Drugs In Sport: IOC to set up dope test agency

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The Independent Online
THE INTERNATIONAL Olympic Committee has proposed setting up an anti-doping agency to co-ordinate the worldwide fight against performance- enhancing drugs. The agency would be responsible for random, out-of-competition drug testing around the world.

The proposal was the highlight of a series of measures announced at the end of a special one-day emergency meeting in Lausanne yesterday convened in the wake of a summer of drug scandals in sport.

At present, the IOC is directly responsible for drug testing only during the Olympic Games themselves, with international sports federations supervising the doping controls the rest of the time.

"This agency will make us stronger than before," the IOC medical commission chairman Prince Alexandre de Merode said. "To be united is a key success of the anti-doping fight. We all have to be unified in this battle." But De Merode stressed that the Olympic movement will never succeed in wiping out doping completely. "We will never win," he said. "We will never eliminate doping. But we will not lose."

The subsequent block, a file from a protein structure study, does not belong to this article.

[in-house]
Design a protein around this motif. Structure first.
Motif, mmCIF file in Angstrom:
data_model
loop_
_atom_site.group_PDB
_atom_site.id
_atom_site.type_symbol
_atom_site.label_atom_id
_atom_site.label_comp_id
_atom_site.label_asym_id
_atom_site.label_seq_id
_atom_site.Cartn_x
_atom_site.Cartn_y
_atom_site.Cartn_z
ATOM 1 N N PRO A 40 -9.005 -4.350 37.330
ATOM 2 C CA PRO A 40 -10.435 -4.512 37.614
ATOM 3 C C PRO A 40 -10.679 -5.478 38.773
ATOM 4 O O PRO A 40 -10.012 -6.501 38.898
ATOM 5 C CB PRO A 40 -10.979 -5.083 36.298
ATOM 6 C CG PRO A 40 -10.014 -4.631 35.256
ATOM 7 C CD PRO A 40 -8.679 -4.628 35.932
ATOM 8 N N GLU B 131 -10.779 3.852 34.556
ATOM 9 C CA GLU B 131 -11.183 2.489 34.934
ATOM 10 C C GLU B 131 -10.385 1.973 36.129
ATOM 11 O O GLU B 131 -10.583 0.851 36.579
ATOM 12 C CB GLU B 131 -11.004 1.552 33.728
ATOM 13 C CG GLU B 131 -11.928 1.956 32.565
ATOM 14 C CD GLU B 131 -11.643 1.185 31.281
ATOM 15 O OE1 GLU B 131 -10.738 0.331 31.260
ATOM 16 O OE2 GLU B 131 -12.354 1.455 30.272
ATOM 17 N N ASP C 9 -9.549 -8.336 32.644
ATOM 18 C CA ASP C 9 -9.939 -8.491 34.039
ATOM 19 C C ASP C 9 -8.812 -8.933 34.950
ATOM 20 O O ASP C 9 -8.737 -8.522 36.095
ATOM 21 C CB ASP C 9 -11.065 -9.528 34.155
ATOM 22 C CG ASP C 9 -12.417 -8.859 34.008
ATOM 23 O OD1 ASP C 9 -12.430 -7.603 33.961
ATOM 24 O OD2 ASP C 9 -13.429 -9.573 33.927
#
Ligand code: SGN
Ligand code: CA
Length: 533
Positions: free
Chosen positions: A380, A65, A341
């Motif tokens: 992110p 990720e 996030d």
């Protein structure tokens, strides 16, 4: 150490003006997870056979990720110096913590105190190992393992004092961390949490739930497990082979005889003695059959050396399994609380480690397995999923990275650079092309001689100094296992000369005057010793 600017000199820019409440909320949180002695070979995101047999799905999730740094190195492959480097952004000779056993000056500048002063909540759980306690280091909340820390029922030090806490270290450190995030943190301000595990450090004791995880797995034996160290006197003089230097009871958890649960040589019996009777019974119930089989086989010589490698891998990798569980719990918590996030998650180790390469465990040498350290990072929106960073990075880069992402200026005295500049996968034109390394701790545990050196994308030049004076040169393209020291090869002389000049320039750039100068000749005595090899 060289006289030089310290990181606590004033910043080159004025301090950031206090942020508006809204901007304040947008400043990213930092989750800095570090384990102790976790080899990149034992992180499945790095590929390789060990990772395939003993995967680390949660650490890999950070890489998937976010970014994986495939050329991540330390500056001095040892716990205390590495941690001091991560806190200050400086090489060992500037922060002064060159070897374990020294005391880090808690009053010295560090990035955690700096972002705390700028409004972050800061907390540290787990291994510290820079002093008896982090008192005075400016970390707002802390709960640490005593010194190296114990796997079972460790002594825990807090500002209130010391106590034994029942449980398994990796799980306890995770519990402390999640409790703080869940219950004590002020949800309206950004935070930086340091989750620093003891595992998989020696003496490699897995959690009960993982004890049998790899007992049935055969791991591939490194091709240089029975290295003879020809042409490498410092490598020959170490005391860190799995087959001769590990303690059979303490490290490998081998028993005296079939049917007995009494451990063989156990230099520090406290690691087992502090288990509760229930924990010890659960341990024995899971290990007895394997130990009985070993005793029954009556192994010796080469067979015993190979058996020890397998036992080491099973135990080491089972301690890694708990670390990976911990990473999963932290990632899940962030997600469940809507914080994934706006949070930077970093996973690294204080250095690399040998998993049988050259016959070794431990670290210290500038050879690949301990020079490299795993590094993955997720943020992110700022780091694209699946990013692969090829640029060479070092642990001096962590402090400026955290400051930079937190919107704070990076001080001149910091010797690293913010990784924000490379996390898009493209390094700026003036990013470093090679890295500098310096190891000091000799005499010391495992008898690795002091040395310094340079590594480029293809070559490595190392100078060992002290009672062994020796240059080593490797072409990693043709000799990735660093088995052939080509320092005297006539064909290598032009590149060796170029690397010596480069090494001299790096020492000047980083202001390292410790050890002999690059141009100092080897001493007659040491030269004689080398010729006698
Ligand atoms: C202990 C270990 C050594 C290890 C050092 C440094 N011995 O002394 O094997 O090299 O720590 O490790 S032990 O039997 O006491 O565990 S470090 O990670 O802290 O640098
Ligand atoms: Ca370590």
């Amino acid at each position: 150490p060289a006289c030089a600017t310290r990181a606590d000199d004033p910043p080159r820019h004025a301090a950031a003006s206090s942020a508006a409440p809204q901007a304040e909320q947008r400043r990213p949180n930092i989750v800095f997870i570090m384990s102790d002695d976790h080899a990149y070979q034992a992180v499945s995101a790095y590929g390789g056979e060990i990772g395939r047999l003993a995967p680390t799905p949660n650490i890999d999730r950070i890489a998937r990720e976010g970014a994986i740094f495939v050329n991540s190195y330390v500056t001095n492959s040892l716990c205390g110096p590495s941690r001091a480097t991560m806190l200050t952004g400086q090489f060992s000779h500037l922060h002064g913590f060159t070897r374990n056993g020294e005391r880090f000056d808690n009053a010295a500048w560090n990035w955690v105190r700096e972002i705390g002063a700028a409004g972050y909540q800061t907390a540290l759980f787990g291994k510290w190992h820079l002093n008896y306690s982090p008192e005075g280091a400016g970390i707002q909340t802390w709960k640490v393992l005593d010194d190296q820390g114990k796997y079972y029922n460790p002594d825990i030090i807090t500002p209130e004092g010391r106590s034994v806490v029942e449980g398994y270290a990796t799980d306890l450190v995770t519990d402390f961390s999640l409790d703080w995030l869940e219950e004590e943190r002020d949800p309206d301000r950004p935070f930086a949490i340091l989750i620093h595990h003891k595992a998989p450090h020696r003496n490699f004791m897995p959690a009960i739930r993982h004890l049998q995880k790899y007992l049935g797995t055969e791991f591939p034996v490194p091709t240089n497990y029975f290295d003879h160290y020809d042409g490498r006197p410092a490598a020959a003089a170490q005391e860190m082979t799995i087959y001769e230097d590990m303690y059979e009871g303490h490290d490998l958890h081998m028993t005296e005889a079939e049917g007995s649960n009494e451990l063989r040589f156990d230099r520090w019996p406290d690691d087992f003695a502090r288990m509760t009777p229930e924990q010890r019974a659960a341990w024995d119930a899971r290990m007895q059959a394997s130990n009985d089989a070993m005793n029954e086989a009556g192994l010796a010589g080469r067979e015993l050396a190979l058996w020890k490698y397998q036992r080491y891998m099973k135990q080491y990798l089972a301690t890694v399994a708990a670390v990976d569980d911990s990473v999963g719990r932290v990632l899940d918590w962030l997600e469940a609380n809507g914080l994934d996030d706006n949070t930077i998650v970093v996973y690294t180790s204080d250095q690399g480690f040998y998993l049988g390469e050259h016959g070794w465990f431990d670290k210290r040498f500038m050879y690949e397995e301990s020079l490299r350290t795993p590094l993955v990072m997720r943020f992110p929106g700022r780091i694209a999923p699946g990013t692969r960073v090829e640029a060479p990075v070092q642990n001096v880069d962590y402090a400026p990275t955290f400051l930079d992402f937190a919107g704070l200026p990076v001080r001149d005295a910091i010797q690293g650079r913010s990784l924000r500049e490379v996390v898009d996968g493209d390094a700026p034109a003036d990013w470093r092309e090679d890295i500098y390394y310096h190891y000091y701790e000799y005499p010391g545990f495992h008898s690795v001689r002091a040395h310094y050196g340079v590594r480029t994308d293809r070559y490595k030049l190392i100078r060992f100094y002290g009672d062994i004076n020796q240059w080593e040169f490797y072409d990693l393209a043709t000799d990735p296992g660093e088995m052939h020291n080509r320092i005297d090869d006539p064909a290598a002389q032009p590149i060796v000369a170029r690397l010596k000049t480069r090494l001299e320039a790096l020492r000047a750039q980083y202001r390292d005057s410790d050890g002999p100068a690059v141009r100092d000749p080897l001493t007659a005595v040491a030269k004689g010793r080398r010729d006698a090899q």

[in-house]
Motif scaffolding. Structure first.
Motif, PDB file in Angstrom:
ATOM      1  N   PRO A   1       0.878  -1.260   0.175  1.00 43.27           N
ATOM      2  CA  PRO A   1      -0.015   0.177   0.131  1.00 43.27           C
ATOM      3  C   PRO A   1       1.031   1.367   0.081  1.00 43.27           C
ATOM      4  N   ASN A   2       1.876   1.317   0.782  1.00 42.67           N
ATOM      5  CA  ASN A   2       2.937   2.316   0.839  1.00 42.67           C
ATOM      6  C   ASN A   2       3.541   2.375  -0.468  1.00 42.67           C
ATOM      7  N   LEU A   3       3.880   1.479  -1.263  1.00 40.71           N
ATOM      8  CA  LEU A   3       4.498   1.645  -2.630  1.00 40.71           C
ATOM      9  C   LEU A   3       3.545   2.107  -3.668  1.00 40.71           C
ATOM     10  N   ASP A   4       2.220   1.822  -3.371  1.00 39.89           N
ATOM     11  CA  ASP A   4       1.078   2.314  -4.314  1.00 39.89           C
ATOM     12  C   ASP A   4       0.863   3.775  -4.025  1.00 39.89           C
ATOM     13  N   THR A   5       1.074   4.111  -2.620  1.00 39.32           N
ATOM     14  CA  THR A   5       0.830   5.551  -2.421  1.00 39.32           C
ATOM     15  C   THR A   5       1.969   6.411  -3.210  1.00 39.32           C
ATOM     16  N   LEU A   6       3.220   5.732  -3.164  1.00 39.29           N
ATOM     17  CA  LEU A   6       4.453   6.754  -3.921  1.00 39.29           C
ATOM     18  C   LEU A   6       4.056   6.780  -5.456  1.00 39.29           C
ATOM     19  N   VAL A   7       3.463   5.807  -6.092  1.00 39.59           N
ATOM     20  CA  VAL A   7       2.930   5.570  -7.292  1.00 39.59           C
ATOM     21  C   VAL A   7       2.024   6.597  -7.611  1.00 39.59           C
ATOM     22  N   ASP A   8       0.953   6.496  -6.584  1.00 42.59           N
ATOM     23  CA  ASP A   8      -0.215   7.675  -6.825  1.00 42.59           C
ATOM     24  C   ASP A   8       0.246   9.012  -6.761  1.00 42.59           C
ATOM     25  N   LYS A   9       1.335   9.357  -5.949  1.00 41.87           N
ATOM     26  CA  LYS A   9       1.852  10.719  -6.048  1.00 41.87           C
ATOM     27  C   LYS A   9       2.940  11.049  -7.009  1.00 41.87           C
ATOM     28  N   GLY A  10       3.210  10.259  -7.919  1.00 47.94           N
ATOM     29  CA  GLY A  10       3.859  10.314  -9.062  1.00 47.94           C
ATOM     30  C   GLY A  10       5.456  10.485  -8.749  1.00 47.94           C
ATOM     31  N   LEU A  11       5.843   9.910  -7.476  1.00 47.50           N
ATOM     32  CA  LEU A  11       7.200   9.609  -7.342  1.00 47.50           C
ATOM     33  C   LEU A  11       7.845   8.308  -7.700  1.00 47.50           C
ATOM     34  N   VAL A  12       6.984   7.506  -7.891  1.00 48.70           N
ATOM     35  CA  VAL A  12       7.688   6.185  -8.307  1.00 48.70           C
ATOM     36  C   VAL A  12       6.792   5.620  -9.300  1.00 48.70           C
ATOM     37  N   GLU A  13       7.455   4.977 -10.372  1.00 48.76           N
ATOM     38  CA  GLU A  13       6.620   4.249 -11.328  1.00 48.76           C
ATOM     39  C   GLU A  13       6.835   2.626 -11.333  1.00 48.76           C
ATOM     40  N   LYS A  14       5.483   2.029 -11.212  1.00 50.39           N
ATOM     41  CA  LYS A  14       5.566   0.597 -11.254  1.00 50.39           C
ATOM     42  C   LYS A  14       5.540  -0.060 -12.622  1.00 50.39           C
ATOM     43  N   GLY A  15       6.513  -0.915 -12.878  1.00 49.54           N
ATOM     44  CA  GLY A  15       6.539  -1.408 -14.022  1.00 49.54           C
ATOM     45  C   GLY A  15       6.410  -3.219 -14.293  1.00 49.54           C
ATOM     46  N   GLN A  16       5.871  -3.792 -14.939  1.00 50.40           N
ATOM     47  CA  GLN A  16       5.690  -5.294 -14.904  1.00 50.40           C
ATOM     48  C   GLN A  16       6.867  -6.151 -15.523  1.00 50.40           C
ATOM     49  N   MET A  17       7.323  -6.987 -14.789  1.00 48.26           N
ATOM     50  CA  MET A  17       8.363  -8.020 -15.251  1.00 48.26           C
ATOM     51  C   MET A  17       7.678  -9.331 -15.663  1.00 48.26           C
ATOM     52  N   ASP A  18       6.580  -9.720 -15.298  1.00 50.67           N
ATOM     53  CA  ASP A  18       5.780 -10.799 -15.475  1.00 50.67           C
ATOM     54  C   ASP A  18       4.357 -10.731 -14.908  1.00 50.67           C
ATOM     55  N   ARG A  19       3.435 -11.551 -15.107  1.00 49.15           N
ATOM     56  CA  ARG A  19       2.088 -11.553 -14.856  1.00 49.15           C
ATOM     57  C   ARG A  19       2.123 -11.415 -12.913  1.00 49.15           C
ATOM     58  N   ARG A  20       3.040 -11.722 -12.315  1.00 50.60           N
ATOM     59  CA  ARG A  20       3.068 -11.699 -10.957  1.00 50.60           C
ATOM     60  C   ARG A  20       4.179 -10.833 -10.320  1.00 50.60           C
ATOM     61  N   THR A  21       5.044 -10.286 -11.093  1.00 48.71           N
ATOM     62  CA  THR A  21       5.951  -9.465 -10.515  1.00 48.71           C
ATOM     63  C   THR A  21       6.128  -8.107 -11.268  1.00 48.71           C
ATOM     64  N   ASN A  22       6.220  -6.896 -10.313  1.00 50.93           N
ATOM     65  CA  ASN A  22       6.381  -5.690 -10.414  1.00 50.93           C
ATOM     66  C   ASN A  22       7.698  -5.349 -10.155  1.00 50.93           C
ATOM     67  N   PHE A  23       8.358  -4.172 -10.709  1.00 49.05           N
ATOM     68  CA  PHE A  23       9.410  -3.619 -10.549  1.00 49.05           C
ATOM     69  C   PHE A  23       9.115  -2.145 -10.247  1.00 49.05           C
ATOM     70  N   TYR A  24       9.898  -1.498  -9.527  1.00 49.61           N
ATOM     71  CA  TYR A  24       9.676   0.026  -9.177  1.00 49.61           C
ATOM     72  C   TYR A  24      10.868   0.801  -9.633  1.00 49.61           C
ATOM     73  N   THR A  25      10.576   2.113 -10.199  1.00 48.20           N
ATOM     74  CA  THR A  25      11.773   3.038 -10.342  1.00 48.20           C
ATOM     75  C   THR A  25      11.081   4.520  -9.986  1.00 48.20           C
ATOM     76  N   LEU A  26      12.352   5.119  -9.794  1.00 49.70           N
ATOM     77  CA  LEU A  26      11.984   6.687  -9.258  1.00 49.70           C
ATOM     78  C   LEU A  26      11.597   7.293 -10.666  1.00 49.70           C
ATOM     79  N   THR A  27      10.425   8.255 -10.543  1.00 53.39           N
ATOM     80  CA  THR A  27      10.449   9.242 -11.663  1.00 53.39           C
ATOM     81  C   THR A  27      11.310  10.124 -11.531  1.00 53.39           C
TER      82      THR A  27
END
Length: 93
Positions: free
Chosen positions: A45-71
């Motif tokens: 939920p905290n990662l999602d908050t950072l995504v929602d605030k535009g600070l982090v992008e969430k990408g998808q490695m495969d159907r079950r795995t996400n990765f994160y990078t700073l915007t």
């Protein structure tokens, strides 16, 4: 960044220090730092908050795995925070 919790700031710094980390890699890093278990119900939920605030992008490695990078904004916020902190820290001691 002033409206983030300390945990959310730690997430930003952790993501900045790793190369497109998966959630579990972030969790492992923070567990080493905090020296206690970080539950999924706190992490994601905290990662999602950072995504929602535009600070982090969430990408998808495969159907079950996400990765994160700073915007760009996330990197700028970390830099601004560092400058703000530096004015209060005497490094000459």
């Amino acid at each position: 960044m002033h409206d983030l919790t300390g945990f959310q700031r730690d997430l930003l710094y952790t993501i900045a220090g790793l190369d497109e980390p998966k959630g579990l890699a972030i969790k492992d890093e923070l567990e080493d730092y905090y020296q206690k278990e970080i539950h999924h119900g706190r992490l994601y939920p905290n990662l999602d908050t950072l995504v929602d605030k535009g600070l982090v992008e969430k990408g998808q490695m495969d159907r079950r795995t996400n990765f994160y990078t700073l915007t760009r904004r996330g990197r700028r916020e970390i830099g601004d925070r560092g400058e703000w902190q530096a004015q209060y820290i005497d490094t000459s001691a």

De Merode had been embroiled in controversy after his comments in the French newspaper Le Figaro on Monday about "tendencies toward doping" in Spain. Spanish government officials accused De Merode of smearing Spanish sport with false allegations, and the Spanish national Olympic committee on Wednesday called on him to resign from his IOC post unless he retracted the comments. But De Merode remained defiant.

"There is a tendency toward doping also in the United States, Britain and the whole world," he said. "It applies to everybody. Do you know a country where there isn't a tendency toward doping? It doesn't exist. It's a reality in all the world."

He said he singled out Spain only because the IOC president, Juan Antonio Samaranch, is Spanish and because the IOC president had given his interview in Barcelona.

The Belgian official expressed astonishment at recent remarks by Samaranch, who called for a drastic reduction in the list of banned substances and suggested only drugs which are harmful to athletes should be prohibited.

"One must not forget that Spanish sports, for a long time, have had tendencies towards doping," De Merode told the paper.

He shrugged off the calls for his resignation. "So they can ask," he said. "It doesn't move me at all."